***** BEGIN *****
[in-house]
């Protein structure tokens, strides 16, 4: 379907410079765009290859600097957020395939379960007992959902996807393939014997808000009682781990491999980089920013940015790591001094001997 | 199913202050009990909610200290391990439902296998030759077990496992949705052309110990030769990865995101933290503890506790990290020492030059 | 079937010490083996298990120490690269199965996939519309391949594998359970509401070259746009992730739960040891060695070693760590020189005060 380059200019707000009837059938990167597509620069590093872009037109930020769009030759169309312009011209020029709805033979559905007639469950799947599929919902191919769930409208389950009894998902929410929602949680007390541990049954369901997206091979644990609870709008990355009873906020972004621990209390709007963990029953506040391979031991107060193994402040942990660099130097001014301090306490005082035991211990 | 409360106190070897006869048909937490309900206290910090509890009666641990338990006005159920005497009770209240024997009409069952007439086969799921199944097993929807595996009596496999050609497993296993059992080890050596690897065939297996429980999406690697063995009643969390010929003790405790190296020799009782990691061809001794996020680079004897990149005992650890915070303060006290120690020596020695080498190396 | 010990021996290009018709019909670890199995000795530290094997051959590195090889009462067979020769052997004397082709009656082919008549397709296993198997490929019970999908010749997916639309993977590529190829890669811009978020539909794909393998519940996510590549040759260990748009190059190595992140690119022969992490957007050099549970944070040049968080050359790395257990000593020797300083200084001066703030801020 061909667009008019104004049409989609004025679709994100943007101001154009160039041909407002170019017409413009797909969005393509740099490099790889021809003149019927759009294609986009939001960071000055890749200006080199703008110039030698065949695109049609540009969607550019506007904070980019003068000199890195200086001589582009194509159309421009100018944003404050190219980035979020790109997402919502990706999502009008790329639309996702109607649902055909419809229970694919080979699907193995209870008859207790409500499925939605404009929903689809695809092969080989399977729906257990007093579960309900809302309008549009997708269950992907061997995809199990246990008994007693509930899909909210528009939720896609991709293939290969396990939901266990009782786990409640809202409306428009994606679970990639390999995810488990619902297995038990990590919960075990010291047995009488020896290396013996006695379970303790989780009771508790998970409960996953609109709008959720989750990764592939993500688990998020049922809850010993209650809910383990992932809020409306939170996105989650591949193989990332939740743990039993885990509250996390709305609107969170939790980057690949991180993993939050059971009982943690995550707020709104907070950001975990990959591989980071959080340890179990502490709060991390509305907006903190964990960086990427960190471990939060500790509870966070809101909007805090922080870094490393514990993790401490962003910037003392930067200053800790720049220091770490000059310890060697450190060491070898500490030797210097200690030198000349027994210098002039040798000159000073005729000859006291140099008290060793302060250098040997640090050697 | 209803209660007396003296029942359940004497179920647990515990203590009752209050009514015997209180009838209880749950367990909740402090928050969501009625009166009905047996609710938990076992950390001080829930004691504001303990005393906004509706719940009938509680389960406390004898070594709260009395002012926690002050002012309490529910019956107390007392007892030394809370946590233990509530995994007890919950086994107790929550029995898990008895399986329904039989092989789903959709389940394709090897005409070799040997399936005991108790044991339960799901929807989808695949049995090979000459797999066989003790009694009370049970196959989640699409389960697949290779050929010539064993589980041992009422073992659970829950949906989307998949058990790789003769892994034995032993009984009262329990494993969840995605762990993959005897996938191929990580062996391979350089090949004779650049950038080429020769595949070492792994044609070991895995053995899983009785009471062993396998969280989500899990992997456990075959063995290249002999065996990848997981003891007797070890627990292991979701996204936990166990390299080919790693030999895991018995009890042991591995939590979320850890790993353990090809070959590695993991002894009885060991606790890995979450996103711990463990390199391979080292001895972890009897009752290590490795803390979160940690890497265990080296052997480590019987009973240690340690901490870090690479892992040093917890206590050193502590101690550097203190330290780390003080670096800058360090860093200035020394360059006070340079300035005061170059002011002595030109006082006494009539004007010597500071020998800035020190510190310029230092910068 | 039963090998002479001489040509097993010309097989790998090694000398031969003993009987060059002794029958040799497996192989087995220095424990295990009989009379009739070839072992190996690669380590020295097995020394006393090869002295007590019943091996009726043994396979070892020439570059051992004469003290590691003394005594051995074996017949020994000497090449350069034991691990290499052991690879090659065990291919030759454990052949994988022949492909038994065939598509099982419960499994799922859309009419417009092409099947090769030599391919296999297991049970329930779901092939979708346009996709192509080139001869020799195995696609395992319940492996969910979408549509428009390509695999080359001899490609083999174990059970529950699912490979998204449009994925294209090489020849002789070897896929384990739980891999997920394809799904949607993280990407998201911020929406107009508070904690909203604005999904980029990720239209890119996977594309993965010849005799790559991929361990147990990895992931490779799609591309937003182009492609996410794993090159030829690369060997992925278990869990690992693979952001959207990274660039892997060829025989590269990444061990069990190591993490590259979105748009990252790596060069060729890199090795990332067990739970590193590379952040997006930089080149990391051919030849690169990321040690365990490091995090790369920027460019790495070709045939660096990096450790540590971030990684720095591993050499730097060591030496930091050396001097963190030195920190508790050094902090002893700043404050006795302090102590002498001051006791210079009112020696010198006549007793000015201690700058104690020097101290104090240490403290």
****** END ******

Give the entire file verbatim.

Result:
[in-house]
């Protein structure tokens, strides 16, 4: 379907410079765009290859600097957020395939379960007992959902996807393939014997808000009682781990491999980089920013940015790591001094001997 | 199913202050009990909610200290391990439902296998030759077990496992949705052309110990030769990865995101933290503890506790990290020492030059 | 079937010490083996298990120490690269199965996939519309391949594998359970509401070259746009992730739960040891060695070693760590020189005060 380059200019707000009837059938990167597509620069590093872009037109930020769009030759169309312009011209020029709805033979559905007639469950799947599929919902191919769930409208389950009894998902929410929602949680007390541990049954369901997206091979644990609870709008990355009873906020972004621990209390709007963990029953506040391979031991107060193994402040942990660099130097001014301090306490005082035991211990 | 409360106190070897006869048909937490309900206290910090509890009666641990338990006005159920005497009770209240024997009409069952007439086969799921199944097993929807595996009596496999050609497993296993059992080890050596690897065939297996429980999406690697063995009643969390010929003790405790190296020799009782990691061809001794996020680079004897990149005992650890915070303060006290120690020596020695080498190396 | 010990021996290009018709019909670890199995000795530290094997051959590195090889009462067979020769052997004397082709009656082919008549397709296993198997490929019970999908010749997916639309993977590529190829890669811009978020539909794909393998519940996510590549040759260990748009190059190595992140690119022969992490957007050099549970944070040049968080050359790395257990000593020797300083200084001066703030801020 061909667009008019104004049409989609004025679709994100943007101001154009160039041909407002170019017409413009797909969005393509740099490099790889021809003149019927759009294609986009939001960071000055890749200006080199703008110039030698065949695109049609540009969607550019506007904070980019003068000199890195200086001589582009194509159309421009100018944003404050190219980035979020790109997402919502990706999502009008790329639309996702109607649902055909419809229970694919080979699907193995209870008859207790409500499925939605404009929903689809695809092969080989399977729906257990007093579960309900809302309008549009997708269950992907061997995809199990246990008994007693509930899909909210528009939720896609991709293939290969396990939901266990009782786990409640809202409306428009994606679970990639390999995810488990619902297995038990990590919960075990010291047995009488020896290396013996006695379970303790989780009771508790998970409960996953609109709008959720989750990764592939993500688990998020049922809850010993209650809910383990992932809020409306939170996105989650591949193989990332939740743990039993885990509250996390709305609107969170939790980057690949991180993993939050059971009982943690995550707020709104907070950001975990990959591989980071959080340890179990502490709060991390509305907006903190964990960086990427960190471990939060500790509870966070809101909007805090922080870094490393514990993790401490962003910037003392930067200053800790720049220091770490000059310890060697450190060491070898500490030797210097200690030198000349027994210098002039040798000159000073005729000859006291140099008290060793302060250098040997640090050697 | 209803209660007396003296029942359940004497179920647990515990203590009752209050009514015997209180009838209880749950367990909740402090928050969501009625009166009905047996609710938990076992950390001080829930004691504001303990005393906004509706719940009938509680389960406390004898070594709260009395002012926690002050002012309490529910019956107390007392007892030394809370946590233990509530995994007890919950086994107790929550029995898990008895399986329904039989092989789903959709389940394709090897005409070799040997399936005991108790044991339960799901929807989808695949049995090979000459797999066989003790009694009370049970196959989640699409389960697949290779050929010539064993589980041992009422073992659970829950949906989307998949058990790789003769892994034995032993009984009262329990494993969840995605762990993959005897996938191929990580062996391979350089090949004779650049950038080429020769595949070492792994044609070991895995053995899983009785009471062993396998969280989500899990992997456990075959063995290249002999065996990848997981003891007797070890627990292991979701996204936990166990390299080919790693030999895991018995009890042991591995939590979320850890790993353990090809070959590695993991002894009885060991606790890995979450996103711990463990390199391979080292001895972890009897009752290590490795803390979160940690890497265990080296052997480590019987009973240690340690901490870090690479892992040093917890206590050193502590101690550097203190330290780390003080670096800058360090860093200035020394360059006070340079300035005061170059002011002595030109006082006494009539004007010597500071020998800035020190510190310029230092910068 | 039963090998002479001489040509097993010309097989790998090694000398031969003993009987060059002794029958040799497996192989087995220095424990295990009989009379009739070839072992190996690669380590020295097995020394006393090869002295007590019943091996009726043994396979070892020439570059051992004469003290590691003394005594051995074996017949020994000497090449350069034991691990290499052991690879090659065990291919030759454990052949994988022949492909038994065939598509099982419960499994799922859309009419417009092409099947090769030599391919296999297991049970329930779901092939979708346009996709192509080139001869020799195995696609395992319940492996969910979408549509428009390509695999080359001899490609083999174990059970529950699912490979998204449009994925294209090489020849002789070897896929384990739980891999997920394809799904949607993280990407998201911020929406107009508070904690909203604005999904980029990720239209890119996977594309993965010849005799790559991929361990147990990895992931490779799609591309937003182009492609996410794993090159030829690369060997992925278990869990690992693979952001959207990274660039892997060829025989590269990444061990069990190591993490590259979105748009990252790596060069060729890199090795990332067990739970590193590379952040997006930089080149990391051919030849690169990321040690365990490091995090790369920027460019790495070709045939660096990096450790540590971030990684720095591993050499730097060591030496930091050396001097963190030195920190508790050094902090002893700043404050006795302090102590002498001051006791210079009112020696010198006549007793000015201690700058104690020097101290104090240490403290």